The policy should also clarify the sources of funding for the program, adequately explain the roles of various stakeholders, provide a framework for instilling discipline especially due to the age-variation in the enrolled pupils, and provide regular communication about the developments in the program. For a young graduate of less than thirty years expecting an old man like Mzee Maruga in class, it has effects on production and end results of the teacher. How ell prepared was the teacher to handle such age disparities among the pupils? This then becomes an enigmatic question.
With the challenges facing the implementation of the FPE program, we may also investigate to know whether adequate logistics for its implementation were put in place. A well designed policy should be logically arranged from the point of initial implementation and the subsequent stages. This implies that the policy makers should be in a position to anticipate the possible risks and take precautionary measures to address them. However, from a critical analysis of the free education in Kenya, it is evident that little was done as far as ensuring the successful implementation of the program is concerned.
A good policy is supposed to point out the possible huddles and recommendations for overcoming them. Poor planning has affected the program in many ways. One of the most obvious is shortage of teaching and learning resources. The delay in remittance of the funds and the its poor management at the school level has cause a serious problem where what is supposed to have been supplied is only there in record but not in reality. Even the research that has been done by the donor organizations, showed serious shortages caused by absence of what was supposed to have been supplied.
Given that the managers, who in this case are the head teachers, were not trained on management of finances and how to make reports, advantage was taken quickly to syphone the same funds into their own usage. Overcrowding The other aspect is characterized by overcrowding in most primary schools due to increased enrollments and hence increased pupil-teacher ratio. In fact, congestion in classrooms has made a mockery of the rationale for the introduction of FPE program. The characteristic delay in the release of government funds only serve to crown the already created problems.
It beats logic to cause more problems in the process of solving another. The report by the Development bank for Reconstruction and Development 2009, reported that, most communities did not bother to support the buildings of the school for they were assured that the government would do all. But this was not the case, most schools now look ike abandoned dens, where no human beings dwell. The buildings are dilapidated and now parents are withdrawing their children to private schools, and thus see the growth of private schools.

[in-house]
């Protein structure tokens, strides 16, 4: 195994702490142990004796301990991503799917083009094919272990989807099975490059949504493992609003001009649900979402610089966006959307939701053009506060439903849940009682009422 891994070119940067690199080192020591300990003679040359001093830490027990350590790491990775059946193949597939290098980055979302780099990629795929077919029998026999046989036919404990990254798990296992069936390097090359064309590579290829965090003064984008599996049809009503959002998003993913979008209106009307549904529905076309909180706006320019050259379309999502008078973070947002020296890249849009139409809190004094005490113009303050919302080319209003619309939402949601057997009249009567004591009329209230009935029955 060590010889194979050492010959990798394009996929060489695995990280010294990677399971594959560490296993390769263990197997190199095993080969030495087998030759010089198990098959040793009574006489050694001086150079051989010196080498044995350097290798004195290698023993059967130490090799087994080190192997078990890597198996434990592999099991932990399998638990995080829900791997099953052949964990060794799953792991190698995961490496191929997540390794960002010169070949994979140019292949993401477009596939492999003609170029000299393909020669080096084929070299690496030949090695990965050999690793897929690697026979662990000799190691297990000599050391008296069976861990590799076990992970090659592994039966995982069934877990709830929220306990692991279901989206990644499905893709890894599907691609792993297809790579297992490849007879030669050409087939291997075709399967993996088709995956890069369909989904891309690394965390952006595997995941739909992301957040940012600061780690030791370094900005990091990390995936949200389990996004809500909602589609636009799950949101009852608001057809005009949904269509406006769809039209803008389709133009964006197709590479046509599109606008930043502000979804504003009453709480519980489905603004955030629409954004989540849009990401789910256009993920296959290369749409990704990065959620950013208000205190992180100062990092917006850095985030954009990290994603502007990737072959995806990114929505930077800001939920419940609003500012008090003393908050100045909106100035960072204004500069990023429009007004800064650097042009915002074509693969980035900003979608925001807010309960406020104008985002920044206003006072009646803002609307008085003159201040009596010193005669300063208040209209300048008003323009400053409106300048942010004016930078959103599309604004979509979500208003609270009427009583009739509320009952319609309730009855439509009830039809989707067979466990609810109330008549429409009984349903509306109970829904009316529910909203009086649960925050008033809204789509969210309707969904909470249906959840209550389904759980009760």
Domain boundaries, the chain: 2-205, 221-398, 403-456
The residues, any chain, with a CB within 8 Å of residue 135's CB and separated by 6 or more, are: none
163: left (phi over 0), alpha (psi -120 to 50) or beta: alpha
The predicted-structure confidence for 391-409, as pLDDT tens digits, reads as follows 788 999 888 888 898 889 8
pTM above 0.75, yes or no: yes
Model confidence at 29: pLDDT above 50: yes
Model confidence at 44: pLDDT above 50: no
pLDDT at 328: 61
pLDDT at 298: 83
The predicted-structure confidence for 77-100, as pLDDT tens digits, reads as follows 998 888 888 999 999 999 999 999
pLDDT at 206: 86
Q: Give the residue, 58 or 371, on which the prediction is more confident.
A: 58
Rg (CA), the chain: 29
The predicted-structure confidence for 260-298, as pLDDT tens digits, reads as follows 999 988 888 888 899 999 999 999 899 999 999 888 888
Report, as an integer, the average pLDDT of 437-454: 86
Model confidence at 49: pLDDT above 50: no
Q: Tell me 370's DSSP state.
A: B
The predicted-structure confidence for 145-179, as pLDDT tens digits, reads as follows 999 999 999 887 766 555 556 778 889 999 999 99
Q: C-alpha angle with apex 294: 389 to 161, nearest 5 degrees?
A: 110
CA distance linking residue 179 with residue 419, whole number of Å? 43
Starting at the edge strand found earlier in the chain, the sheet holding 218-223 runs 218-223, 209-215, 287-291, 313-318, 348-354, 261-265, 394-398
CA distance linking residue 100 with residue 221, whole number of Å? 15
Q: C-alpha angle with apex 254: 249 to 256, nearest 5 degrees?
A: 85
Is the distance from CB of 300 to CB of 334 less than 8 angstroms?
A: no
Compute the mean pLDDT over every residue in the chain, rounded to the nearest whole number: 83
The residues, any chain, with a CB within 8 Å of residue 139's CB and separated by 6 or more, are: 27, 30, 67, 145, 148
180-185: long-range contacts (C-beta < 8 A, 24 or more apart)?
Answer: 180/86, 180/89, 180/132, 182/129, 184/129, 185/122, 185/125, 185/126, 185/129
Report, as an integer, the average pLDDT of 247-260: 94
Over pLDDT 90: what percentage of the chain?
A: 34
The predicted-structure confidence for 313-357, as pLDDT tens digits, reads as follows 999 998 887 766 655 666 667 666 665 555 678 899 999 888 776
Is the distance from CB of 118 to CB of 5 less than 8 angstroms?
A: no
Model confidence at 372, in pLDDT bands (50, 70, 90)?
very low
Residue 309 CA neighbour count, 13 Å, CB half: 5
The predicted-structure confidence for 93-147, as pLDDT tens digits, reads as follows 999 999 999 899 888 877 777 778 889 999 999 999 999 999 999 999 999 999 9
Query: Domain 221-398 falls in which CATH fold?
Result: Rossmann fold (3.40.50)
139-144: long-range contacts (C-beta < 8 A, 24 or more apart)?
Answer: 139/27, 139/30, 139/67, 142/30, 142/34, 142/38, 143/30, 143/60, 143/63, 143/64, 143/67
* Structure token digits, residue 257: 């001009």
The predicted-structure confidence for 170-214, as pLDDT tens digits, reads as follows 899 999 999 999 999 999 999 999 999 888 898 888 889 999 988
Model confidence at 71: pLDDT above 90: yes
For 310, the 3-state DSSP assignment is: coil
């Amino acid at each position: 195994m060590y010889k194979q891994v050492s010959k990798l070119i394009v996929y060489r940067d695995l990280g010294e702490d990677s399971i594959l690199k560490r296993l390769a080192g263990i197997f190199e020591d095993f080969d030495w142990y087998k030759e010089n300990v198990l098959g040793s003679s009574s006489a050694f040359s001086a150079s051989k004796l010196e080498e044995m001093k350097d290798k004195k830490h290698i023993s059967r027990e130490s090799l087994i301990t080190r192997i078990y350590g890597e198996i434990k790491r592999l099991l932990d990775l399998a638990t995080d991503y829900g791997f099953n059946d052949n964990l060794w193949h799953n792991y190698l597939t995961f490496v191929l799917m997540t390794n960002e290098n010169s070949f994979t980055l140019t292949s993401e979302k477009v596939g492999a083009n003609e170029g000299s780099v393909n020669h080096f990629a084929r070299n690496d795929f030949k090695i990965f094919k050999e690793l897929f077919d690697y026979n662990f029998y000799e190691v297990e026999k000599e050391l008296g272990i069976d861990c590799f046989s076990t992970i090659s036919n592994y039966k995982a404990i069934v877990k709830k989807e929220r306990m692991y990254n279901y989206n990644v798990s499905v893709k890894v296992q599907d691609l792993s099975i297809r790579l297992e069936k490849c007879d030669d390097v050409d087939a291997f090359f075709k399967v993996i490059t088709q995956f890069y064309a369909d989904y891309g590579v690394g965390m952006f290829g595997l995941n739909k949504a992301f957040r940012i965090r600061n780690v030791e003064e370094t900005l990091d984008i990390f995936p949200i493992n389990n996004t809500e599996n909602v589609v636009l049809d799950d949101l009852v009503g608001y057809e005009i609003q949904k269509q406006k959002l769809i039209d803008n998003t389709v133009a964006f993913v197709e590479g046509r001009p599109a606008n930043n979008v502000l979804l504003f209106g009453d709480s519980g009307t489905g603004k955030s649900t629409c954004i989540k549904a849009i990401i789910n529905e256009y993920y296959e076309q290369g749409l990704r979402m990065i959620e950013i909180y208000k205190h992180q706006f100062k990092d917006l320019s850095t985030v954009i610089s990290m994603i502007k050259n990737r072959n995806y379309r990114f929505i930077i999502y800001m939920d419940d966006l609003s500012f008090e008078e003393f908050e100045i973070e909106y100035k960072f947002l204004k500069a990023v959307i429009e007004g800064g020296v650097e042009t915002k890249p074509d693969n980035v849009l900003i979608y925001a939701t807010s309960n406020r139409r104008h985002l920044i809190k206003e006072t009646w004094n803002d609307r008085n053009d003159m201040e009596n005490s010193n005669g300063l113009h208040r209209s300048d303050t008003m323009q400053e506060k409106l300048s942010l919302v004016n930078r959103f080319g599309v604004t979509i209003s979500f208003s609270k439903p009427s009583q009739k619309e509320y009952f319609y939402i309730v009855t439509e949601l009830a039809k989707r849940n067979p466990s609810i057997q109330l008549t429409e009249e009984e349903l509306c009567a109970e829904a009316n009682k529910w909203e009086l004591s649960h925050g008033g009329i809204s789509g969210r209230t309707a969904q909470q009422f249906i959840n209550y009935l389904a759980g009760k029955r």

The policy is also strict on any attempts by the school committees to solicit funds from parents. This has made them feel so constrained in their duties of managing the school owing to the cumbersome procedures required for instituting levies. Turning a blind eye on the potential threats accompanying such a sensitive policy as is FPE is utmost disregard of fundamental concerns. In addition to clarity, therefore, logic requires a comprehensive analysis of a policy like the FPE with an aim of identifying the underlying assumptions and the ultimate implications, especially upon implementation.
This will ensure systematic implementation and timely solution of emerging issues. The government should make an effort to supervise the policy at the grassroots level. Up to recent most poor parents still belief that the promises government made at election time will still be done forgetting that much was election promise and once the vote is given all is forgotten. Even to increase the number of teachers as a basic concern has not been looked at. Why then should the government give people something that does not work?
Too few teachers as compared to too many students results into poor performance, while the children of the able ones get better education in private schools. Education and social change Looking at all these aspects how can education be looked upon as the ultimate solution to societal problems? Although research findings reveal that there is a positive correlation between the level of education and economic prosperity, it may be a misguided opinion to believe that free education is the sole solution of social problems. This concern is related to the motives of introducing free education programs by the government of Kenya since independence.
Pupils will still drop out of school due to other reasons and not for economic reasons. Holistic approaches as advocated by the international Universal Primary Education (UPE), therefore, should be adopted if education is to play a greater role in empowering the populace. Conclusion The challenges experienced in the implementation of FPE program can be traced to the uncritical design of the policy. Many political considerations seem to take center-stage during the proposal and formulation of such policies which end up creating more problems later.
This implies that a clear and logical situation analysis should be conducted if meaningful policies are to be developed and hence ensuring their sustainability. The bottom line here, therefore, is the need to raise fundamental philosophical questions during the primary stages of any policy formulation in order to ensure that all concerns are dealt with in advance. That implies that good planning is required. This ensures logistical problems to be sorted out in advance, training be done of those who are directly involved from the grassroots levels.
And in the case of primary schools, parents and teachers are to be explained to understand the role for each player. Unless the community is meant to understand it becomes hard for the policy to succeed. References 1. International Bank for Reconstruction and Development (2009). Abolishing school fees in Africa: lessons from Ethiopia, Ghana, Kenya, Malawi, and Mozambique: a publication of the World Bank in Collaboration with UNICEF. World Bank Publications 2. UNESCO (March 2005). Challenges of Implementing free Primary Education in Kenya. Assessment Report. UNESCO Nairobi Office.